Mercedes reveals the bodyshell for the new Mercedes-AMG SL

Way back in 1952, Mercedes designed a filigree space frame bringing low weight and the highest possible torsional rigidity that resulted in the first SL. Originally, that filigree space frame was designed for racing and was eventually developed to provide the foundation for the production SL model in both coupe and roadster versions. Later this year, Mercedes-AMG is set to reveal an entirely new architecture for the SL.The architecture will use a lightweight composite aluminum chassis that Mercedes says will provide the basis for precise driving dynamics, high comfort, optimal packaging, and sporty body proportions. The Roadster uses an aluminum space frame with a self-supporting structure. Mercedes is clear that the new aluminum chassis was designed literally on a blank sheet of paper, just as the first SL was designed in 1952.

Mercedes says not one single component for the new SL model was taken from the outgoing SL or the AMG GT Roadster. Mercedes says it challenged its development team for the bodyshell to undertake the overall development of the new SL without building on any existing structure. The result, according to Mercedes, is a design that reconciles the high packaging demands while achieving excellent rigidity values in all areas along with a favorable weight providing the basis for exceptional comfort and agile driving dynamics.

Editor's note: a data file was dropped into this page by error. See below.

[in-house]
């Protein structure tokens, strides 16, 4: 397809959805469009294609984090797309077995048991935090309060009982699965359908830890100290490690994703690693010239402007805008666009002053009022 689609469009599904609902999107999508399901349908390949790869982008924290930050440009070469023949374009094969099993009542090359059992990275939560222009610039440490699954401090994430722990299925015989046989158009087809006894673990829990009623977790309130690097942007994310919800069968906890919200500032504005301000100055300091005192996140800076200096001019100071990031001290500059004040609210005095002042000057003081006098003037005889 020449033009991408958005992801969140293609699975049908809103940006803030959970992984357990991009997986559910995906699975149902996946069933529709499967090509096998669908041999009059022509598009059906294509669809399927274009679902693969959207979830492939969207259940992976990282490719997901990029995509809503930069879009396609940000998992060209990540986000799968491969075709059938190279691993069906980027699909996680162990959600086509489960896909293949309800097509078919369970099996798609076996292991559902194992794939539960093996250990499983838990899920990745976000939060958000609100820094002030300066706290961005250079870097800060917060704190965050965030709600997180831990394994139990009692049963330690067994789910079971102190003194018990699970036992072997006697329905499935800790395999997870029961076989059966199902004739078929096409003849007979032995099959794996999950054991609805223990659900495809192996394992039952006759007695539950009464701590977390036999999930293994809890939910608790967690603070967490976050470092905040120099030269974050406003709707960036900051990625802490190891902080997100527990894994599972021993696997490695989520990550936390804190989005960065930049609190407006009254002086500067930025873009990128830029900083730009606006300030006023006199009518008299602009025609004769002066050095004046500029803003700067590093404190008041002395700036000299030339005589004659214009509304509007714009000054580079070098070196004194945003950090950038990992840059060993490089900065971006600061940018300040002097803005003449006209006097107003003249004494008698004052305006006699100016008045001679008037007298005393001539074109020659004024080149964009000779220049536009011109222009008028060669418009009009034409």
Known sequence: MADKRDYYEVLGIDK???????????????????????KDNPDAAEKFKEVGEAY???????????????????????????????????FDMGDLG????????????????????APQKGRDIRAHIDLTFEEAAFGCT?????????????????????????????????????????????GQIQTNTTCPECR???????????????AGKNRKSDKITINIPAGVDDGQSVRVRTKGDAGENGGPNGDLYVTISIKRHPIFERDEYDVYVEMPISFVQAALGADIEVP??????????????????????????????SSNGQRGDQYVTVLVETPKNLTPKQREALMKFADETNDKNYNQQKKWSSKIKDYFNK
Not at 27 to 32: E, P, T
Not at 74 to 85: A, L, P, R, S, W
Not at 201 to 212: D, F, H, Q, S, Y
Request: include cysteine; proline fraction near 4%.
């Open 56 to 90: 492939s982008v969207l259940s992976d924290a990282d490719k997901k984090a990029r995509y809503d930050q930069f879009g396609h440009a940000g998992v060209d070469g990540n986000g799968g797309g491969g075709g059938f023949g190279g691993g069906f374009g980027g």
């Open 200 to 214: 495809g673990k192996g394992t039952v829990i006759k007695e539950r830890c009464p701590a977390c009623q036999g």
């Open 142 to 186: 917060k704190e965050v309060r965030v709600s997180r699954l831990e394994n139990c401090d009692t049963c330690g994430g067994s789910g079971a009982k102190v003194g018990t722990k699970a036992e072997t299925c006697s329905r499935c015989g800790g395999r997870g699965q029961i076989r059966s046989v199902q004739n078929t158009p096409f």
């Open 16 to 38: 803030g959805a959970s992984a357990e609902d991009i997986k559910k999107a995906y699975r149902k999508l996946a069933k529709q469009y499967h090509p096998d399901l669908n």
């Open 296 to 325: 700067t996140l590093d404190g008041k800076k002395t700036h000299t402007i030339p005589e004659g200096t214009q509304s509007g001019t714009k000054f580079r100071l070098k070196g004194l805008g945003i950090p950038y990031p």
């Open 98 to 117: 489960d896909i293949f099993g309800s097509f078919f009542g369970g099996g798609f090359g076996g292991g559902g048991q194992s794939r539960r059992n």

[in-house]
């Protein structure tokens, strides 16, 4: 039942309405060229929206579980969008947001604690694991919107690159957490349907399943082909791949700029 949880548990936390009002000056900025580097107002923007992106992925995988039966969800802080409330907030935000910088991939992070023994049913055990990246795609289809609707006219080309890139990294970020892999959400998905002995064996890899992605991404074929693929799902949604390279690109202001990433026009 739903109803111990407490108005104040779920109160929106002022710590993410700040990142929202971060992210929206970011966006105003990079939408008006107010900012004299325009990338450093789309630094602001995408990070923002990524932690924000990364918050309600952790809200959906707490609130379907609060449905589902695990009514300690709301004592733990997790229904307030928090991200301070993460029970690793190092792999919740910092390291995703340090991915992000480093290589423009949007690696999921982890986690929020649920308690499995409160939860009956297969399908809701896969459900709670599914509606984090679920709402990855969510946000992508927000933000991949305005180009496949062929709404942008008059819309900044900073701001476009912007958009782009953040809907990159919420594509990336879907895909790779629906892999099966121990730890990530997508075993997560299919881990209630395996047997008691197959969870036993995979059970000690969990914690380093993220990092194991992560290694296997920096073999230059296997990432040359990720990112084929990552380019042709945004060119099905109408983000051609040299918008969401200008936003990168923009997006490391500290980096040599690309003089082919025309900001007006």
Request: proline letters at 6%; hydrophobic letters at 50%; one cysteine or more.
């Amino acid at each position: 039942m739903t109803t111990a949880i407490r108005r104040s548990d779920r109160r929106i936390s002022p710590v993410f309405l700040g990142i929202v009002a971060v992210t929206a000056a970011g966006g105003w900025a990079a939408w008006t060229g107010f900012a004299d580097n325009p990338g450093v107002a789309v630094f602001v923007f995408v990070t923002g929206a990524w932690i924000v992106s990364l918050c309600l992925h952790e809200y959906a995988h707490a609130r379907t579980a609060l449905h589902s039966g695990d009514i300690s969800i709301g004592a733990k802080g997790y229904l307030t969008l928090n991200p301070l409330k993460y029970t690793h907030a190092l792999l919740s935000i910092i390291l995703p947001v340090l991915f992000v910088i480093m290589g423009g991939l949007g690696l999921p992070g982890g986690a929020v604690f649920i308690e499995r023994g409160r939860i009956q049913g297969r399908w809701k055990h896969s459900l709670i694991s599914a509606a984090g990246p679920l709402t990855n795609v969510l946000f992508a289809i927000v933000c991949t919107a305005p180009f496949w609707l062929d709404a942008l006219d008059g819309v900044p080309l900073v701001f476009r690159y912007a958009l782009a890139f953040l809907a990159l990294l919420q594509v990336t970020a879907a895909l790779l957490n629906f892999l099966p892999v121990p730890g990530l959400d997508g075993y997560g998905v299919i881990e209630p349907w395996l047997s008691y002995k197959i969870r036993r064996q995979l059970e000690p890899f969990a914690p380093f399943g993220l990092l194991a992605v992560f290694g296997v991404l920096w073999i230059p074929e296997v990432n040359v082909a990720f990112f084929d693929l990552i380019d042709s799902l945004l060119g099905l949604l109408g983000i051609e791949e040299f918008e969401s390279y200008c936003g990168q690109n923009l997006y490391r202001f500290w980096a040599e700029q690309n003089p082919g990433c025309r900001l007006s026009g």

The chassis has a basic 2+2 seat layout with the potential to accommodate a range of drive systems. With Mercedes and most other automakers pushing towards electrification, we can expect fully electric and hybrid versions of the new SL when the car debuts. Mercedes had some design targets for the team that resulted in choices of intelligent material composition, including aluminum, steel, magnesium, and fiber composites to ensure rigidity and reduced weight. The system includes aluminum thrust panels on the underbody and function-integrated struts the front and rear.

The instrument panel support is made from magnesium, and part of the front module cover bridge is made out of a fiber composite material that using glass fibers and carbon. Engineers also developed the windscreen using high-strength, hot-formed tubular steel and a safety rollover system behind the rear seats that extends extremely fast to provide rollover protection. The resulting chassis weighs about 270 kilograms without any add-on assembly parts, doors, bonnet, or boot lid. It's unclear when the new SL will debut, but it will be produced at the same plant where the outgoing SL is built.